How do you prepare for the undefinable experience of studying abroad in India? Anyone can check off a simple packing list, but taking time to mentally prepare for traveling, living, and studying in India is maybe even more important than remembering your extra toothbrush. Make sure you’re not just packed, but packed right and mentally ready!
You will have opportunities to buy anything you would ever find in a Western supermarket or mall if you visit a large Indian city. However, if you are on a budget and unwilling to spend precious rupees buying jeans like the ones you could have brought from home, make sure to pack some of your modest staples that you wear at home.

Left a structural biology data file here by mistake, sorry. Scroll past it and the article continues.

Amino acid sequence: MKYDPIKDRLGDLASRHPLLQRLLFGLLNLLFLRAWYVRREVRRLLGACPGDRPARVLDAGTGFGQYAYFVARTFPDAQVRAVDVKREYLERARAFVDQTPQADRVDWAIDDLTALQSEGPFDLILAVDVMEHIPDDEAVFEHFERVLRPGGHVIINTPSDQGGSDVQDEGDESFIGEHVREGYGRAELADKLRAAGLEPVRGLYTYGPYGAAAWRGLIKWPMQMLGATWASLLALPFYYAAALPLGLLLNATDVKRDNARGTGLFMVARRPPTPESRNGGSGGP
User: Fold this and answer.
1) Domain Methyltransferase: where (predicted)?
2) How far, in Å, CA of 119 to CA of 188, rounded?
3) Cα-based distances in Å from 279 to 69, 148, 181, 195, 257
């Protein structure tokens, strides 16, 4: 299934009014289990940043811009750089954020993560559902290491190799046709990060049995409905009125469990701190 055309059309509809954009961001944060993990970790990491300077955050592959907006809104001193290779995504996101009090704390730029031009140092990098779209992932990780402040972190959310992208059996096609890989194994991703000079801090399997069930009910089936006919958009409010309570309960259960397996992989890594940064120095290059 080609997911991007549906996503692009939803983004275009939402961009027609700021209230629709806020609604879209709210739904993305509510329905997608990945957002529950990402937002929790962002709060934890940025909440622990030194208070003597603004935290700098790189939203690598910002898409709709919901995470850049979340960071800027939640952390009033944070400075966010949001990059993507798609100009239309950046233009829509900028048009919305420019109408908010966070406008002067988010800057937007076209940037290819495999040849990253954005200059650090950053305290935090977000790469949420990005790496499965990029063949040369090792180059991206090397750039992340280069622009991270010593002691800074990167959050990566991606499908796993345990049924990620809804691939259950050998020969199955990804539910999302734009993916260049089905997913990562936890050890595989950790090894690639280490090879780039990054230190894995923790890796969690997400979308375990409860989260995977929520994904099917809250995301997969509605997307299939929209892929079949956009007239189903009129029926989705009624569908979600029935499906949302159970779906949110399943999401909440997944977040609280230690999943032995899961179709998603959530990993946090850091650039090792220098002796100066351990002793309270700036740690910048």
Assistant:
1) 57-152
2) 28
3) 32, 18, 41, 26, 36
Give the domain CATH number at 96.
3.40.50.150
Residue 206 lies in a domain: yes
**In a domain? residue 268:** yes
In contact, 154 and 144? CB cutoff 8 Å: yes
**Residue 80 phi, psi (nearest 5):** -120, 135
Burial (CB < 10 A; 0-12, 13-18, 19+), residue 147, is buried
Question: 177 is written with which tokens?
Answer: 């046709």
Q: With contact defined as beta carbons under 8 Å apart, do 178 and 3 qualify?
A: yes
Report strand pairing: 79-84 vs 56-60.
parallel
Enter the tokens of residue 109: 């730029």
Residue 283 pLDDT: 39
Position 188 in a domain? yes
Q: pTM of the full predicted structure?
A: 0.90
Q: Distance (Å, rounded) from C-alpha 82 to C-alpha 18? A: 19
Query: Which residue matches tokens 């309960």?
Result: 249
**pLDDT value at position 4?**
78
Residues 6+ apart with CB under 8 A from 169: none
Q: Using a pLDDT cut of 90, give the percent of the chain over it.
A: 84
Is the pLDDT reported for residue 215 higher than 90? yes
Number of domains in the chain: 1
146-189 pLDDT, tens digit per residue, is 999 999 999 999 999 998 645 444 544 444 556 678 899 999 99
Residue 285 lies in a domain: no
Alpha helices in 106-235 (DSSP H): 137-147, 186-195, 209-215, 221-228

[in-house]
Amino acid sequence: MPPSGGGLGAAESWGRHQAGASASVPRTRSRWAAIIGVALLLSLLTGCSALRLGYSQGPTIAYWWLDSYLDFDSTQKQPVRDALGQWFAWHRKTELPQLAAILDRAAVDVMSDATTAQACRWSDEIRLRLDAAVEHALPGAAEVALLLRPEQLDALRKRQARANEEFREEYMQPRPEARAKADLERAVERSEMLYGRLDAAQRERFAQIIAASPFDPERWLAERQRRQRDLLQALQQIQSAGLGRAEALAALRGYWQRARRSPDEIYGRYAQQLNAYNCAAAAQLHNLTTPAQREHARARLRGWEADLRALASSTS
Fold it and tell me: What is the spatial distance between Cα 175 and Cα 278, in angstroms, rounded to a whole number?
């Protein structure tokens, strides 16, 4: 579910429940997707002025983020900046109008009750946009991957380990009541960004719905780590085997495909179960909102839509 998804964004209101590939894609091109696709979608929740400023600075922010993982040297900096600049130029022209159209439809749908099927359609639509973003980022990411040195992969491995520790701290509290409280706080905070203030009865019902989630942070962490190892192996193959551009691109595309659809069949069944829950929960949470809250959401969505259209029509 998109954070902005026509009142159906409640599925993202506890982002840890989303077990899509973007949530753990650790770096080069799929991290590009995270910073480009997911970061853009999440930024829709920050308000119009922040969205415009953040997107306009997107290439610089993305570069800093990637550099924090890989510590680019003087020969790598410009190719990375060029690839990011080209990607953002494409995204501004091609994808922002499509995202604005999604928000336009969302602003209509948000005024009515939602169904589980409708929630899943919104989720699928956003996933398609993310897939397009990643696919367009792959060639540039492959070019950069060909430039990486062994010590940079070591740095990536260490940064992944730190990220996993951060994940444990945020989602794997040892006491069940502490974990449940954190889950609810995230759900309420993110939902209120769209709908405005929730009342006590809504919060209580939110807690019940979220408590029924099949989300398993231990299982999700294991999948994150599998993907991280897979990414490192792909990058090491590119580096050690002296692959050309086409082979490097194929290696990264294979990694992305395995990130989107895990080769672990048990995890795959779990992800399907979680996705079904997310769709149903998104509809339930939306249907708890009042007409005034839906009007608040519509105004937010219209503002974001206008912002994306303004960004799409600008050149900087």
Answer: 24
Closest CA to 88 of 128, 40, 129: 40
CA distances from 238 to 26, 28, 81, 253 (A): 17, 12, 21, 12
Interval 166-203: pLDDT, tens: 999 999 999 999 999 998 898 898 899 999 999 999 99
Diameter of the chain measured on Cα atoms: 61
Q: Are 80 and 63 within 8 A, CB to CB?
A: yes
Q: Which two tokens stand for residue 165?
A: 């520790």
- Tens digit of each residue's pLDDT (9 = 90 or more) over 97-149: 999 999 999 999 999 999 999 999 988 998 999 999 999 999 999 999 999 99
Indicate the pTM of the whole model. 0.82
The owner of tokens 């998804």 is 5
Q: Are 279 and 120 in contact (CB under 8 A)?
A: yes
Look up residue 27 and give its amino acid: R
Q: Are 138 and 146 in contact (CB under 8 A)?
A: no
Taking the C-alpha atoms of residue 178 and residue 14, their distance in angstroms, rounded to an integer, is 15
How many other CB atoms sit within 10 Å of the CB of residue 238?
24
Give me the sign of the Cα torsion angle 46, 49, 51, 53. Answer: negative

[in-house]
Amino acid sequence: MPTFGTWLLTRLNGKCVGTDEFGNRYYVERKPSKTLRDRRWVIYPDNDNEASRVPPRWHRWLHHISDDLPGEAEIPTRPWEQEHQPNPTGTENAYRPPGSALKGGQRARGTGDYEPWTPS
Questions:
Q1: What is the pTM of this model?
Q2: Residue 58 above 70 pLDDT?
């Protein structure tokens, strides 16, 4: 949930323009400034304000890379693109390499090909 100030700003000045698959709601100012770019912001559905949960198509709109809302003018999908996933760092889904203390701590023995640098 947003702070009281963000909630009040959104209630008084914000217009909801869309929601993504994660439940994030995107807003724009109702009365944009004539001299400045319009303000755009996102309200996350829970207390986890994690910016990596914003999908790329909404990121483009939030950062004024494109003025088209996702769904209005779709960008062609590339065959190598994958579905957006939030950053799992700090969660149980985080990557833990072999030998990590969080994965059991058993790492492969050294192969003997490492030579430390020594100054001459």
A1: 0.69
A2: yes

Merge Wardrobes. The key is to pack items that you will be able to pair with your new kurtas and harem pants that will soon become indispensable parts of your wardrobe, but only pack enough clothing that will fit in your backpack—unless you plan on lugging a suitcase through crowded Indian streets and into tiny rickshaws in ungodly heat.
Don’t make the mistake of thinking you won’t need or want to look like the Westerner that you are—you will likely end up at a bar or club at some point where every local in the room is dressed the same way you would dress at home, so your traditional and culturally appropriate Indian garb will end up out of place. In short, don’t bring your entire wardrobe from home, but bring a pair of jeans.